Sunday, October 19, 2014

Canada, ISIS and Assad

For critics of harper's joining the attack on ISIS, who say that in so doing he has made us an ally of Assad, ... I'm sorry but that ship has sailed. We (and the USA) made Assad an ally when we outsourced the torture of Canadian citizens to him.

If it really was the case that we're "allying" with Assad, not in a formal way, but as being enemies of his enemies, I'd be fine with that. Because as monstrous as Assad and his regime are (and they are monstrous) Syria will be better off under Assad than ISIS. Just as Libya was better off under Qaddafi and Iraq was better off under Saddam Hussein.

But the fact of the matter is that we have not allied ourselves with Assad in any way, shape, or form. Barack Obama (who wanted to bomb Syria last summer) has taken advantage of the war on ISIS to bomb Syrian oil installations, granaries and other props of the Assad regime. Because that's what this is all about.

There is a level of confusion and ignorance on Obama's latest adventure in the Middle East that affects everyone. It goes from people who start from the ridiculous notion that George W. Bush sought to build a democratic Iraq, all the way down to people who recognize that this region's sufferings are caused by its enormous oil reserves and their importance to the capitalist world system.

Given that fact, I see no reason why I should not provide my analysis, regardless of whatever level of ignorance or confusion I have about the topic.

Some people try to present Barack Obama as having inherited a mess from Bush 43, and that he is a reluctant warrior (or even "Obambi" as one right-wing doofus referred to him here) trying not to do "stupid shit." This is wrong. To the extent that he has been able to, Obama is continuing the policies of Bush 43. Because these are the policies of the USA's political and economic elites. These are not the policies of one man, or one party.

The petroleum sector (and that includes all the industry that rely on it and have built themselves up around it) is an enormously important sector of the US economy. More important is the access to Middle-East petroleum for the USA's allies in Europe and Japan. That they continue to enjoy this access at the pleasure of the US and its oil-exporting allies in the region, is a major prop to the US-dominated world system. Depriving rivals such as Russia and China from allies in the region, and, for China, from secure access to petroleum, is yet another important element in the USA's control of the world. Finally, maintaining the US $ as the currency for pricing and the buying and selling of the world's oil is of enormous important to the all-important financial elite in the United States.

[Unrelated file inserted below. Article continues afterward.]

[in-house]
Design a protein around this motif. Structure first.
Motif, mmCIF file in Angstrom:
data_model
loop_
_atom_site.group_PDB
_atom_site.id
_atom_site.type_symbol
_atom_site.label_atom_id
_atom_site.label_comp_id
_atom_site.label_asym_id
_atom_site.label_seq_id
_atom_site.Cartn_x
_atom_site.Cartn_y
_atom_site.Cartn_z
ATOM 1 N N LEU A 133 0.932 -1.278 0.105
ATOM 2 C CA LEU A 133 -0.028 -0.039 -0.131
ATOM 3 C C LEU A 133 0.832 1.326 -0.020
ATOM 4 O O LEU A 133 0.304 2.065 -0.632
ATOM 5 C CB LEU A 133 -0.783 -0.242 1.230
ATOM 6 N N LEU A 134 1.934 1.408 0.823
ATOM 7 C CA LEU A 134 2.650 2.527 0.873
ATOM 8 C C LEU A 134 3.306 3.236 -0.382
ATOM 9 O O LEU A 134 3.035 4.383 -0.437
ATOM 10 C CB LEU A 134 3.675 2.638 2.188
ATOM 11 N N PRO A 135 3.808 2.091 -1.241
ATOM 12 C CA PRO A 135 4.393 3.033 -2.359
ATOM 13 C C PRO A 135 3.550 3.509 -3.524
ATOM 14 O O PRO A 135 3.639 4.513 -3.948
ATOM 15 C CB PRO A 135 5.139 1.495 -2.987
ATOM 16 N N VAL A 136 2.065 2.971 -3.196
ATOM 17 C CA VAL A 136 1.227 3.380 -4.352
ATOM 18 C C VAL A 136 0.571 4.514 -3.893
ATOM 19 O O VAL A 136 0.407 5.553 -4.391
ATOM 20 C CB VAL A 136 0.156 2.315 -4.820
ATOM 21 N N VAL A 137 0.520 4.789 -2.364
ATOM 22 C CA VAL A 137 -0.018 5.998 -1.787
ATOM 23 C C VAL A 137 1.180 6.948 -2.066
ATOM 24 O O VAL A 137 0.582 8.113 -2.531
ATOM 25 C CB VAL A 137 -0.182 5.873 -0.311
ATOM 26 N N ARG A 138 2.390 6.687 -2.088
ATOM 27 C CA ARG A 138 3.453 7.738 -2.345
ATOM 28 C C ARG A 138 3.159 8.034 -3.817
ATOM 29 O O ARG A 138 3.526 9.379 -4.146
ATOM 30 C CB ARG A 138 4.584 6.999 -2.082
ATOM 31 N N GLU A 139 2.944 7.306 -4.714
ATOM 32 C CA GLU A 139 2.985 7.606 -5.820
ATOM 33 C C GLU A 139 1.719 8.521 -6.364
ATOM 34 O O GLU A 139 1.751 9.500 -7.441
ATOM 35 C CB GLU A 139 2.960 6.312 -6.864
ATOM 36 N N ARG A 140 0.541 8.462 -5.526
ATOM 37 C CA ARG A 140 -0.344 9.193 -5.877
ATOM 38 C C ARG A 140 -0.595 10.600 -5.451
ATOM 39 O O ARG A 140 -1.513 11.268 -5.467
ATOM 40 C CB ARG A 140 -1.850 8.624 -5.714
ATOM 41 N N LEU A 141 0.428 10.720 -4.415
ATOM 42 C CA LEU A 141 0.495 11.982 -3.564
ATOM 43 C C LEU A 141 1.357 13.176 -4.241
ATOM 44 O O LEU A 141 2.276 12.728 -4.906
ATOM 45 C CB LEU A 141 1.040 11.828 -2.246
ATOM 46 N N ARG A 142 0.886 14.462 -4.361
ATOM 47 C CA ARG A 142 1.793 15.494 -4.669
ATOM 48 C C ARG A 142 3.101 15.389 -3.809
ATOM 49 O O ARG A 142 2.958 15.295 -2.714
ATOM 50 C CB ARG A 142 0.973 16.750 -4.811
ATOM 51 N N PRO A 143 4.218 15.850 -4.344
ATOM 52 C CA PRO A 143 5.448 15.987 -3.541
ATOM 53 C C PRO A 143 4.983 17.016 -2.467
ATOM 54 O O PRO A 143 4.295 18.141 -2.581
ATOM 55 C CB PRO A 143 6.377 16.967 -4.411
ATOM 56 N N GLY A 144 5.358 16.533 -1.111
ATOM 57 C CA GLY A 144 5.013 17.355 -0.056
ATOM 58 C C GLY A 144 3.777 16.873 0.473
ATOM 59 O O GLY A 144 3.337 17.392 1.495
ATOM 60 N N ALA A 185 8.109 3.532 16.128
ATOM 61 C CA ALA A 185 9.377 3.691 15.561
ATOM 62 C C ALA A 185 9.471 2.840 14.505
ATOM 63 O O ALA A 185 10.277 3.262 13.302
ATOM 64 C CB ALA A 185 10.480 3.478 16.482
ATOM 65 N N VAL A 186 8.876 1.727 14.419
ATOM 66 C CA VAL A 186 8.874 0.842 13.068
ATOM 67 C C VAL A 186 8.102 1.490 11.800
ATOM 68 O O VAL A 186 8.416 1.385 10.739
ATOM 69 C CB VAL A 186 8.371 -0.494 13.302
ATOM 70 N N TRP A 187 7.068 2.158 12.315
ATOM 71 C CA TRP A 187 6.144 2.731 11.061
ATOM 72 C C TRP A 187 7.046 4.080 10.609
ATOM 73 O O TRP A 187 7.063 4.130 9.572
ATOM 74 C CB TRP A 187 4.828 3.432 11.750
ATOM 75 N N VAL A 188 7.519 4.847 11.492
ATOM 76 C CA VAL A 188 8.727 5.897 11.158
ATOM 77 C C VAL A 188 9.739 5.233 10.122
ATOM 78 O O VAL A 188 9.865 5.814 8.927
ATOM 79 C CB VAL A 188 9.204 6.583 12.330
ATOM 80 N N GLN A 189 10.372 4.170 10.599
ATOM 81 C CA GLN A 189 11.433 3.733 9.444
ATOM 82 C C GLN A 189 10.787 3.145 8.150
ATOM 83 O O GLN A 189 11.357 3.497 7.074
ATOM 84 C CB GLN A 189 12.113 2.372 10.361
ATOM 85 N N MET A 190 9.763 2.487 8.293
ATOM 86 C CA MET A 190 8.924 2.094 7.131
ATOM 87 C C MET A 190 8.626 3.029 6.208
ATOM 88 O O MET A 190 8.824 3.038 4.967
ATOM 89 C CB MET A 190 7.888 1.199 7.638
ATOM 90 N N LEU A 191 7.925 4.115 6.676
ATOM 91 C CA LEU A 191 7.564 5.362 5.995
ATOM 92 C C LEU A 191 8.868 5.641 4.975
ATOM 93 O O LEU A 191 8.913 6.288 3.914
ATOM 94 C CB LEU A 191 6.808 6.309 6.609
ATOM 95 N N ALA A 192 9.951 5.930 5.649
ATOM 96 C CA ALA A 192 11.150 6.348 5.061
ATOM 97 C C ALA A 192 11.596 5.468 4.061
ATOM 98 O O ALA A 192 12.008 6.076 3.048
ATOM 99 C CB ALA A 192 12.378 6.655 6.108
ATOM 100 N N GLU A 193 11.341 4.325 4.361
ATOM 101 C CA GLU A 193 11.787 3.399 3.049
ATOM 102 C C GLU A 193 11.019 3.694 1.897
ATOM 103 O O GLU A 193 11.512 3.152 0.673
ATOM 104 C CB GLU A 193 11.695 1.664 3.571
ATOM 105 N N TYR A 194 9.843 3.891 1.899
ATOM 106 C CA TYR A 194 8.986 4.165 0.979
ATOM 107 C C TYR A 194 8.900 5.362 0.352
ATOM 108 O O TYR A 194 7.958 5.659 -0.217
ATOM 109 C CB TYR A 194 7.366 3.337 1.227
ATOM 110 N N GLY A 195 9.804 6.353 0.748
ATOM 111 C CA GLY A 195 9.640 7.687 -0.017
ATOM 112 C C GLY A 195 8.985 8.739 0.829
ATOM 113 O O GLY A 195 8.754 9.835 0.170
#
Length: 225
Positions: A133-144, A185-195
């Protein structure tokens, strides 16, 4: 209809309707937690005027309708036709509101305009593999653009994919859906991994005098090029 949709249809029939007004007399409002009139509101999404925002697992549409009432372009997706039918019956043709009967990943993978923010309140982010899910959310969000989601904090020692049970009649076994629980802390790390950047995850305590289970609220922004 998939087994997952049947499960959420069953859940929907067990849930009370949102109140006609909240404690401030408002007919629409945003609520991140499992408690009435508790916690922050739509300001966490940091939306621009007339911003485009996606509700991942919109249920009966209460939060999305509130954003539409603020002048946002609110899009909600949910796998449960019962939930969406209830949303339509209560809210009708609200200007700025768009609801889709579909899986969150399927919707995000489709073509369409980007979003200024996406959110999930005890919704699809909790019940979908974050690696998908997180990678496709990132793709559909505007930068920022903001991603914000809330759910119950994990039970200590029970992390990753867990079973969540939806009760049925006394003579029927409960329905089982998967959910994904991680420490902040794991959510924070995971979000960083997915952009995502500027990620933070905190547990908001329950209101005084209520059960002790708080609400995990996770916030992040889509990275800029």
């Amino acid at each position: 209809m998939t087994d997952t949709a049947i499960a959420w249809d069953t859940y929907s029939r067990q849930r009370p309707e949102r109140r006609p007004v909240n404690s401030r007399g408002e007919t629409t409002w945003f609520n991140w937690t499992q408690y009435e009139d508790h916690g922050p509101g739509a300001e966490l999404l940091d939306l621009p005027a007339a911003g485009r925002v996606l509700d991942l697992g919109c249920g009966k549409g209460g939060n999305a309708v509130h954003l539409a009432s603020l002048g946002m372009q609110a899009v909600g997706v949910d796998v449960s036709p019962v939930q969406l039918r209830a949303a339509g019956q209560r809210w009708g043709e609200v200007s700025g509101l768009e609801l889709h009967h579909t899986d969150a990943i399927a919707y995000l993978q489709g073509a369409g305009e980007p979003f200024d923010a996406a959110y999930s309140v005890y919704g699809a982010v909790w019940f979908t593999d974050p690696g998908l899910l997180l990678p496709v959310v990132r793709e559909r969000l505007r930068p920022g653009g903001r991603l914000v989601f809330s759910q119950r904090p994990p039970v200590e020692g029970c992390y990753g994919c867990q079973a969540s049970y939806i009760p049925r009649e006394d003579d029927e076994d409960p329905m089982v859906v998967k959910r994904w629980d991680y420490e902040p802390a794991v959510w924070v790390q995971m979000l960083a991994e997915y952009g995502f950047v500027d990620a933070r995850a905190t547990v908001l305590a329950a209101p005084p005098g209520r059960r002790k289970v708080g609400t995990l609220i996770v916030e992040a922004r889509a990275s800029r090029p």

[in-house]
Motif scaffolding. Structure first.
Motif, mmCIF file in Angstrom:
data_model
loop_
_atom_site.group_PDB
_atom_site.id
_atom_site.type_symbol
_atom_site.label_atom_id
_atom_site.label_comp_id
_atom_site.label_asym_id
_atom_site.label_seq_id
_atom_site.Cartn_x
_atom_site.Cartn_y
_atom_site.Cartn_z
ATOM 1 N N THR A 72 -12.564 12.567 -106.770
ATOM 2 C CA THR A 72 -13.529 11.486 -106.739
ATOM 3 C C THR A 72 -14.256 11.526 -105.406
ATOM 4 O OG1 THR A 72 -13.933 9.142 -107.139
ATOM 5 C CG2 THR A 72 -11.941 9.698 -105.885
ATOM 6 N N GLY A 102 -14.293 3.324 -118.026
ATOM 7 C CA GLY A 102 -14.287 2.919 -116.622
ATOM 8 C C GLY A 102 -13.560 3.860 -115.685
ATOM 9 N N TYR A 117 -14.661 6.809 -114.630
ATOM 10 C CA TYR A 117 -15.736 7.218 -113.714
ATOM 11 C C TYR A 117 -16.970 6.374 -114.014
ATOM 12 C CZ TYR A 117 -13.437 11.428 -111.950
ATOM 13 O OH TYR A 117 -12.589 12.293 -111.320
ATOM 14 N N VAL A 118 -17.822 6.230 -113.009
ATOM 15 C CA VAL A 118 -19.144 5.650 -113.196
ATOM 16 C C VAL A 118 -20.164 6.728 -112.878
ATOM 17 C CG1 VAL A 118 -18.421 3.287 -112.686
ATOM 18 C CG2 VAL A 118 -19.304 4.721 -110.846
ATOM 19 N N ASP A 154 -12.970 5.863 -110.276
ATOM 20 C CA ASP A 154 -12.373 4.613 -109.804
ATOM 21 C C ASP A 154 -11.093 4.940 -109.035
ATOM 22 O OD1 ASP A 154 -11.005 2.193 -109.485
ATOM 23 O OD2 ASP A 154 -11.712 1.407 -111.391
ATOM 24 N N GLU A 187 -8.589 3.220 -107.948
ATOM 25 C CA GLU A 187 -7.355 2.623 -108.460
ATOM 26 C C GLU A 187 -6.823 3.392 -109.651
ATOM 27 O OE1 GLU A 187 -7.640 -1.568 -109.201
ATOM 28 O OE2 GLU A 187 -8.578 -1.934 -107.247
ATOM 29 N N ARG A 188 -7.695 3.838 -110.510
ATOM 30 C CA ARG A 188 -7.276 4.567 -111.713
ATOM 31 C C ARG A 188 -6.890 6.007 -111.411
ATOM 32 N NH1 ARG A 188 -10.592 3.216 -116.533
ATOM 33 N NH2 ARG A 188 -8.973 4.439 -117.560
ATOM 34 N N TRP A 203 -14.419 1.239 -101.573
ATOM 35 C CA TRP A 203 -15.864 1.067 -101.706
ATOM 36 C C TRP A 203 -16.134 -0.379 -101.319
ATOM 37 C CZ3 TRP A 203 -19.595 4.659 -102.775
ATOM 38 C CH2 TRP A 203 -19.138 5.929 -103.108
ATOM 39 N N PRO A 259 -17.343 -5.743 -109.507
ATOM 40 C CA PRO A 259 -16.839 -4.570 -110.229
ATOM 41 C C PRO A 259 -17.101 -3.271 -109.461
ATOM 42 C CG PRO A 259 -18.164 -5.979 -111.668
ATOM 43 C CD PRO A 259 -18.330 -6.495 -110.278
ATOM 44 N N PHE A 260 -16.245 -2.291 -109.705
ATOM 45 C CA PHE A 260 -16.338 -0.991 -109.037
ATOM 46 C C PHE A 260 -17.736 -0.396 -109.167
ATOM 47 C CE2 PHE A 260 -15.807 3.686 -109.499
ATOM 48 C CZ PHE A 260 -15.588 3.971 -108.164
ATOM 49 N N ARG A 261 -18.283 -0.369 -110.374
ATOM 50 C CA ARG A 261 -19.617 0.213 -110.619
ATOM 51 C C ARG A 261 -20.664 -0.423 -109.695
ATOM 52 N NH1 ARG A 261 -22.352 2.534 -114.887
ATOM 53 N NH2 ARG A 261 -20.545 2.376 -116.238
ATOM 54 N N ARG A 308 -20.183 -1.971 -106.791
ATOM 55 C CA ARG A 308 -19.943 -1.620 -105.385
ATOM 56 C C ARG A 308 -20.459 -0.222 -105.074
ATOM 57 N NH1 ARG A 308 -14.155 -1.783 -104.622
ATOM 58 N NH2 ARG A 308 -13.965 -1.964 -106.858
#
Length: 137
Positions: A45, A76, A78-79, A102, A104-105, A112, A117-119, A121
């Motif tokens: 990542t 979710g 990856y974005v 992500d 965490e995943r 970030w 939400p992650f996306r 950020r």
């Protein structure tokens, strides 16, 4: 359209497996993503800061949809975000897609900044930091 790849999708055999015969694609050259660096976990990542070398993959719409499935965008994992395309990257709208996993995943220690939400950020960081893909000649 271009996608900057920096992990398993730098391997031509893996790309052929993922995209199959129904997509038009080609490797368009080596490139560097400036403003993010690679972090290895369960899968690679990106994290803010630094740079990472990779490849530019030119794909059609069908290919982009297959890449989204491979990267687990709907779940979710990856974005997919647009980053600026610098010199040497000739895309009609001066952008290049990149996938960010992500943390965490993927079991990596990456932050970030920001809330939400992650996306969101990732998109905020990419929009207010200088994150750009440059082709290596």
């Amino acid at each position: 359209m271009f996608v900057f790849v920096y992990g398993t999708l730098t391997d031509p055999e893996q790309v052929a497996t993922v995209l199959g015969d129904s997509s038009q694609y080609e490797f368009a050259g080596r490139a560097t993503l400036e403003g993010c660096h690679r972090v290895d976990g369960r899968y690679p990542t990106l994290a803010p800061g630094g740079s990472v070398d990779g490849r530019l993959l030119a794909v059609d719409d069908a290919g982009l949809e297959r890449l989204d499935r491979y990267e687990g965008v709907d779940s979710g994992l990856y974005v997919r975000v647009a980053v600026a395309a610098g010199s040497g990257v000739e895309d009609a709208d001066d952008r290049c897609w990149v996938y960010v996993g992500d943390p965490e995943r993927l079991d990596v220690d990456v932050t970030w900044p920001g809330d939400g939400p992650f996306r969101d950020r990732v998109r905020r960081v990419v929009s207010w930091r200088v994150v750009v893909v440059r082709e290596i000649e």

The confusion that bedevils everyone (including those supposedly in the drivers' seats) about the "ISIS-CRISIS" arises from the fact that the Obama administration is trying to do a multitude of evil, fucked-up things at once. And it is trying to do much of this by using allies who have their own evil and fucked-up agendas.

Who here thinks that Israel and Israelis like Hamas? Who thinks that Hamas are Israeli puppets? Nobody? Who knows that Israeli agents helped Hamas grow as a way to weaken and embarrass the PLO? Who can see that cynical policies pursued for one specific purpose can take on a life of their own in the case of Israel and Hamas?

It is my belief that corrupt, decadent, Sunni Arab princelings, export their angry young men to fight secular or Shiite regimes, out of genuine sectarian madness and as a way to get these young men out of their own countries where some of them might have turned their anger against them. I think they honestly believe that they can prevail against the secularists and the Shia, but that they will never turn their guns on their former paymasters. Because the next logical step for a Sunni fundamentalist fighter who has exterminated the secularists in Lebanon and Syria, and the Kurds and the Shia, would not be fellow Sunni states (however corrupt) but Jewish Israel. And then, they would all be killed. And there's no way that they could attack Israel (or Jordan, Qatar, Saudi Arabia, the UAE) without the United States stepping in.